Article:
Thursday, October 22, 2020

Book Review: The Gospel in Dickens

About the Book:

Wish you had time to re-read and enjoy that daunting stack of Charles Dickens novels?

Take heart: Dickens enthusiast Gina Dalfonzo has done the heavy lifting for you. In short, readable excerpts she presents the essence of the great novelist’s prodigious output, teasing out dozens of the most memorable scenes to reveal the Christian vision and values that suffuse all his work.

Dickens can certainly entertain, but his legacy endures because of his power to stir consciences with the humanity of his characters and their predicaments. While he could be ruthless in his characterization of greed, injustice, and religious hypocrisy, again and again the hope of redemption shines through.

In spite of – or perhaps because of – his own failings, Dickens never stopped exploring the themes of sin, guilt, repentance, redemption, and restoration found in the gospel. In some passages the Christian elements are explicit, in others implicit, but, as Dickens himself said, they all reflect his understanding of and reverence for the gospel.

The Gospel in Dickens includes selections from Oliver Twist, David Copperfield, A Tale of Two Cities, Great Expectations, A Christmas Carol, Nicholas Nickleby, The Old Curiosity Shop, Martin Chuzzlewit, Dombey and Son, Bleak House, Hard Times, Little Dorrit, Our Mutual Friend, The Mystery of Edwin Drood, and Sketches by Boz – with a cast of unforgettable characters such as Ebenezer Scrooge, Sydney Carton, Jenny Wren, Fagin, Pip, Joe Gargery, Mr. Bumble, Miss Havisham, Betsey Trotwood, and Madame Defarge.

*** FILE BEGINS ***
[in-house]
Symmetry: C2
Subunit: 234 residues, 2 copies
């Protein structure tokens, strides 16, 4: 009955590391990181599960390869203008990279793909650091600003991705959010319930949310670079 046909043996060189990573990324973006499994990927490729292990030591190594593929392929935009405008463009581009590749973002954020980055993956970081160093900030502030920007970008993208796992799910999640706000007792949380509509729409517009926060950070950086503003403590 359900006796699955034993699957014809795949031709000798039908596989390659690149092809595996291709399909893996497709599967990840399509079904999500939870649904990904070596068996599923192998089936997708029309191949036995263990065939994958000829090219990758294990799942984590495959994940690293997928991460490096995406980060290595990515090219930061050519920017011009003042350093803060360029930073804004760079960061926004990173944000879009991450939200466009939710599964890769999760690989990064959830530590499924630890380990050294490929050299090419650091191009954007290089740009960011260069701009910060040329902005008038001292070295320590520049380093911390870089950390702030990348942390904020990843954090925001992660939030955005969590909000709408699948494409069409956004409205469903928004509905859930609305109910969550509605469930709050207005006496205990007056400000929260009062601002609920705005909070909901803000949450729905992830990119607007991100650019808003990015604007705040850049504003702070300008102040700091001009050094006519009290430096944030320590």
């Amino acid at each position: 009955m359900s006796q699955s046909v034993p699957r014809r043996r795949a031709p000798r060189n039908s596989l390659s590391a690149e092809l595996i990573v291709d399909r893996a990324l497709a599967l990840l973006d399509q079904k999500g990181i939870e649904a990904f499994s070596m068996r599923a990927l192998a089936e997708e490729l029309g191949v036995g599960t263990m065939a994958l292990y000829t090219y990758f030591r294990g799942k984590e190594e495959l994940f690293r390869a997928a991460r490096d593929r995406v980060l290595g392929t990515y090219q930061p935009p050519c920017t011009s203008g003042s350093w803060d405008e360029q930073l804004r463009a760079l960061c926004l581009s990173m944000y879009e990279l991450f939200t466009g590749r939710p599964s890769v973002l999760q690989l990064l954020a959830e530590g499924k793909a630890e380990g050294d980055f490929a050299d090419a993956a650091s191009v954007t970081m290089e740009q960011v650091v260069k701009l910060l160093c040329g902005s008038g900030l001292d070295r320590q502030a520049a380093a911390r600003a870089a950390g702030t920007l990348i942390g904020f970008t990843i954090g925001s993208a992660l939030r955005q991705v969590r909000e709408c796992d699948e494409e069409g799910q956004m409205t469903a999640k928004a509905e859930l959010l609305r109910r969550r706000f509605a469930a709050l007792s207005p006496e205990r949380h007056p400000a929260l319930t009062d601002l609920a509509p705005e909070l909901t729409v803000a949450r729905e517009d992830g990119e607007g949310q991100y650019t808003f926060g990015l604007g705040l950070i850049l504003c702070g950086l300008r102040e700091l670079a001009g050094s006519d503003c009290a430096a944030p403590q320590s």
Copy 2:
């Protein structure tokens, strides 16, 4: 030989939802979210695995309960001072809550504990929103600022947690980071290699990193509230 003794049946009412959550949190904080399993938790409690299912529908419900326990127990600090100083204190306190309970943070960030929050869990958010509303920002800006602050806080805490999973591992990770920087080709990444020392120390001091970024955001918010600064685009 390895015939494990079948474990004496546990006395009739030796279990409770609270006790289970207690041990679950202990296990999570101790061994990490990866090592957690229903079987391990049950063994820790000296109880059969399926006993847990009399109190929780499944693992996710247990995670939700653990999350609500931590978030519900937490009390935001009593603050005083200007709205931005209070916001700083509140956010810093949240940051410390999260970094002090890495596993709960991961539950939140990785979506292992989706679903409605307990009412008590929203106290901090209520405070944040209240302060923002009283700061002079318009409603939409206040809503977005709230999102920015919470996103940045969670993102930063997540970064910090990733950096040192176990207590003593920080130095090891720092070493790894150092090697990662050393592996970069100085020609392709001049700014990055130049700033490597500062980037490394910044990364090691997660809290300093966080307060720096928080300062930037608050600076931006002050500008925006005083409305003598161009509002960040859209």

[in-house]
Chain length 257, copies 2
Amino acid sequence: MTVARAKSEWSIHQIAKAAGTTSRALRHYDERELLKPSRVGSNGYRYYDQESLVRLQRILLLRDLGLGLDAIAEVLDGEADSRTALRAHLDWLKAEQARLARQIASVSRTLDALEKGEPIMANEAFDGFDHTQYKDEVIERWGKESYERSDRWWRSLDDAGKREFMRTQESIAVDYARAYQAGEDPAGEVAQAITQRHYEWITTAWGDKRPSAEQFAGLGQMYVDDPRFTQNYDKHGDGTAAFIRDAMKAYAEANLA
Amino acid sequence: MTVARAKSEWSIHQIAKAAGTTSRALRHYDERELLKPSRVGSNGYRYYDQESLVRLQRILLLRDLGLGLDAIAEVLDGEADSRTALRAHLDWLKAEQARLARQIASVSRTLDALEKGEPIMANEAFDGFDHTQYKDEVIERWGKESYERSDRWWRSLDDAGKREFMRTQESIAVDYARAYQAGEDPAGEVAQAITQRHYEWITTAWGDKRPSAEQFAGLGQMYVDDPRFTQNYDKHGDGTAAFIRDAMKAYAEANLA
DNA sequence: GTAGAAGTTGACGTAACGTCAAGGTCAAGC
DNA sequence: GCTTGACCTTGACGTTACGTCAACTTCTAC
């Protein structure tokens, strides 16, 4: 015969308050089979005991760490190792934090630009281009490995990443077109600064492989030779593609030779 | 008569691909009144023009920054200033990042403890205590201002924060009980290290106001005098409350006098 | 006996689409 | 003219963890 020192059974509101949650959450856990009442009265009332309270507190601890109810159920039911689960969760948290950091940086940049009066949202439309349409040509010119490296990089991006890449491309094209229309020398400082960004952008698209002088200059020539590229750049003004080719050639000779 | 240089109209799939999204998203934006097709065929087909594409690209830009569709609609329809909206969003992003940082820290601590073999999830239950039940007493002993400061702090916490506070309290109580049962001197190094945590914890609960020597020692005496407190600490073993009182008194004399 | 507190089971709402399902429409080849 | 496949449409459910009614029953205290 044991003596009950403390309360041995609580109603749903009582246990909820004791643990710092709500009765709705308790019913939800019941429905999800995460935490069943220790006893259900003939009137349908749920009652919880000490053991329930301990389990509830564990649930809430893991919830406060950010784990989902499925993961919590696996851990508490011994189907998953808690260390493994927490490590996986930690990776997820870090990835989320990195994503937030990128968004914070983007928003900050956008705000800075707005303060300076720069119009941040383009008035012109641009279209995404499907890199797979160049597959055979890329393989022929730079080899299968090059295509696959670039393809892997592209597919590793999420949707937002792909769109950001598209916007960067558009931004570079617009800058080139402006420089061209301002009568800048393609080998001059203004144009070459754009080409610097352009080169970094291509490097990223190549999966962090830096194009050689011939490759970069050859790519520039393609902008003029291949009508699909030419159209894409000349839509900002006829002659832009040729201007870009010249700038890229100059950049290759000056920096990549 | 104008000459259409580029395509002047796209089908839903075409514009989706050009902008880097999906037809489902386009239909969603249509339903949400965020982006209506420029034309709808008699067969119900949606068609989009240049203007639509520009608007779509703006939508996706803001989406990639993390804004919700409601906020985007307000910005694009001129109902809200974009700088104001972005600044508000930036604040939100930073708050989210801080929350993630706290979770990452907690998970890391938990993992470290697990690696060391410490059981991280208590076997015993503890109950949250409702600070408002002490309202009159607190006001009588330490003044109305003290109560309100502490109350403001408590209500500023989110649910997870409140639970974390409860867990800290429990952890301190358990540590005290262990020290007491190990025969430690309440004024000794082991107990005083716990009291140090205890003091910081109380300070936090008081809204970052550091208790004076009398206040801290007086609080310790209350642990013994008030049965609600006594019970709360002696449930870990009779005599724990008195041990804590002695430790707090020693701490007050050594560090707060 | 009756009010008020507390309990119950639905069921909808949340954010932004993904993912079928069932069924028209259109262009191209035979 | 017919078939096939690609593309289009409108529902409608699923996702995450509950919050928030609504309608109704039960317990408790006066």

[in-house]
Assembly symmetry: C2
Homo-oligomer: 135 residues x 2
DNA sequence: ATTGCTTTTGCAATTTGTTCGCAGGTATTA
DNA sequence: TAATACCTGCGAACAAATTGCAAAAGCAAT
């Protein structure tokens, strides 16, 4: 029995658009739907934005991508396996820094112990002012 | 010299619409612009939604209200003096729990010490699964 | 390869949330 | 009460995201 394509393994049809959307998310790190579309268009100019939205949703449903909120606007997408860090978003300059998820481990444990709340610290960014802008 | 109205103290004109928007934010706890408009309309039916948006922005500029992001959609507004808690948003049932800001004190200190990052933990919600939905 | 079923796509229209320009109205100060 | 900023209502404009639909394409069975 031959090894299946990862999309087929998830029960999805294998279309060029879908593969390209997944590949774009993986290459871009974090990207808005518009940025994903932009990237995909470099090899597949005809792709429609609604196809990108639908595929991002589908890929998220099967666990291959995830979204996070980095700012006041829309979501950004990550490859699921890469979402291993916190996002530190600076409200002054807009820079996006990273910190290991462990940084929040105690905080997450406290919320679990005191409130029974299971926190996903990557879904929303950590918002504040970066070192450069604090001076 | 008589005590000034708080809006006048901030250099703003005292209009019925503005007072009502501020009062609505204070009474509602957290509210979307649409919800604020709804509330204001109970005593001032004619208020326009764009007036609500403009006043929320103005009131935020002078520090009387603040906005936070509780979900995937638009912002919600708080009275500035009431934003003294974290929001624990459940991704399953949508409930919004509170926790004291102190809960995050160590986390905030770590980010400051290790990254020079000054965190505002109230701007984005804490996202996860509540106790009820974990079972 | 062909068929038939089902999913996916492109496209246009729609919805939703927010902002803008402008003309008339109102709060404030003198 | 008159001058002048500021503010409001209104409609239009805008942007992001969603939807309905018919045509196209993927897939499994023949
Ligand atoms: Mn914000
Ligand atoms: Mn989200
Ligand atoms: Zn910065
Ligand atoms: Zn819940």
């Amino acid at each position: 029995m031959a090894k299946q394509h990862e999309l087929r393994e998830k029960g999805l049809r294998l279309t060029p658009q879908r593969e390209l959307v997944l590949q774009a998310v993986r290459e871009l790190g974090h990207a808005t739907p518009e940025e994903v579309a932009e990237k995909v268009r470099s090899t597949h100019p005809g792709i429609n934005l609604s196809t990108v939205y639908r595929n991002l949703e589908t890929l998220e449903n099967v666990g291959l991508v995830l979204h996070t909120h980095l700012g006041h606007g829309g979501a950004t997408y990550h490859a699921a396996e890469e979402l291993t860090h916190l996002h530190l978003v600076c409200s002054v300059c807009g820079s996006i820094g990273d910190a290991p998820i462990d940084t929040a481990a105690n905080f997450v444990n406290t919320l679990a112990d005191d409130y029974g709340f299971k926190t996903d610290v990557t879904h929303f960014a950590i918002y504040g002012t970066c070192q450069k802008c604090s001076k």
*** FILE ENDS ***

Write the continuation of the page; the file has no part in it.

Read an excerpt from The Gospel in Dickens on the publisher's website.

My Thoughts:

The Gospel in Dickens commences with a foreword by Karen Swallow Prior (whose works I love). Next, editor Gina Dalfonzo introduces the compilation as well as some of Dickens’ history. The selections immediately follow and are sorted into three categories: (1) Sin and Its Victims, (2) Repentance and Grace, (3) The Righteous Life.  More entries are devoted to Sin and Its Victims than the other categories and it sometimes felt heavy. When needed, I skipped around to the other sections for something more hopeful.

The Gospel in Dickens inspired me to check out a Charles Dickens biography and some of his works from my local library. While each reading selection is prefaced by a paragraph or two that explains the background of the selection, I sometimes felt a bit lost because I have not read his works recently. The book is best suited for Christian readers who have already enjoyed the works of Charles Dickens.

Disclosure of Material Connection: I was provided a copy of this book by the author or publisher. All opinions in this review are my own.

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